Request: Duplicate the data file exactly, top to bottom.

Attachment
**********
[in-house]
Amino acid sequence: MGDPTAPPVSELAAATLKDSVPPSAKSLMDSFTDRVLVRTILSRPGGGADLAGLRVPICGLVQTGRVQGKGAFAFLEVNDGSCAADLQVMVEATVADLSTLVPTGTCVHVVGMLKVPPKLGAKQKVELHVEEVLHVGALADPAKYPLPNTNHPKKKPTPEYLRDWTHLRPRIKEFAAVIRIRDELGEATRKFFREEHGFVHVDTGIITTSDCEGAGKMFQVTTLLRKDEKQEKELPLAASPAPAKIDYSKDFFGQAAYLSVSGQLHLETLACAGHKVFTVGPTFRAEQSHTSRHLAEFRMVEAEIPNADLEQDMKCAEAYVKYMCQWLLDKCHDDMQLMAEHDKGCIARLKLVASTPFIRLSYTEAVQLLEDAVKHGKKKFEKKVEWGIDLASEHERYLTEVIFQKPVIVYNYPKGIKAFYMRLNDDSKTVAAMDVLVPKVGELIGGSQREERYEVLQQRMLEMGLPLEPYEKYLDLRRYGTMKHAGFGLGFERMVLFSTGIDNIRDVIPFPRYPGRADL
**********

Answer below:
[in-house]
Amino acid sequence: MGDPTAPPVSELAAATLKDSVPPSAKSLMDSFTDRVLVRTILSRPGGGADLAGLRVPICGLVQTGRVQGKGAFAFLEVNDGSCAADLQVMVEATVADLSTLVPTGTCVHVVGMLKVPPKLGAKQKVELHVEEVLHVGALADPAKYPLPNTNHPKKKPTPEYLRDWTHLRPRIKEFAAVIRIRDELGEATRKFFREEHGFVHVDTGIITTSDCEGAGKMFQVTTLLRKDEKQEKELPLAASPAPAKIDYSKDFFGQAAYLSVSGQLHLETLACAGHKVFTVGPTFRAEQSHTSRHLAEFRMVEAEIPNADLEQDMKCAEAYVKYMCQWLLDKCHDDMQLMAEHDKGCIARLKLVASTPFIRLSYTEAVQLLEDAVKHGKKKFEKKVEWGIDLASEHERYLTEVIFQKPVIVYNYPKGIKAFYMRLNDDSKTVAAMDVLVPKVGELIGGSQREERYEVLQQRMLEMGLPLEPYEKYLDLRRYGTMKHAGFGLGFERMVLFSTGIDNIRDVIPFPRYPGRADL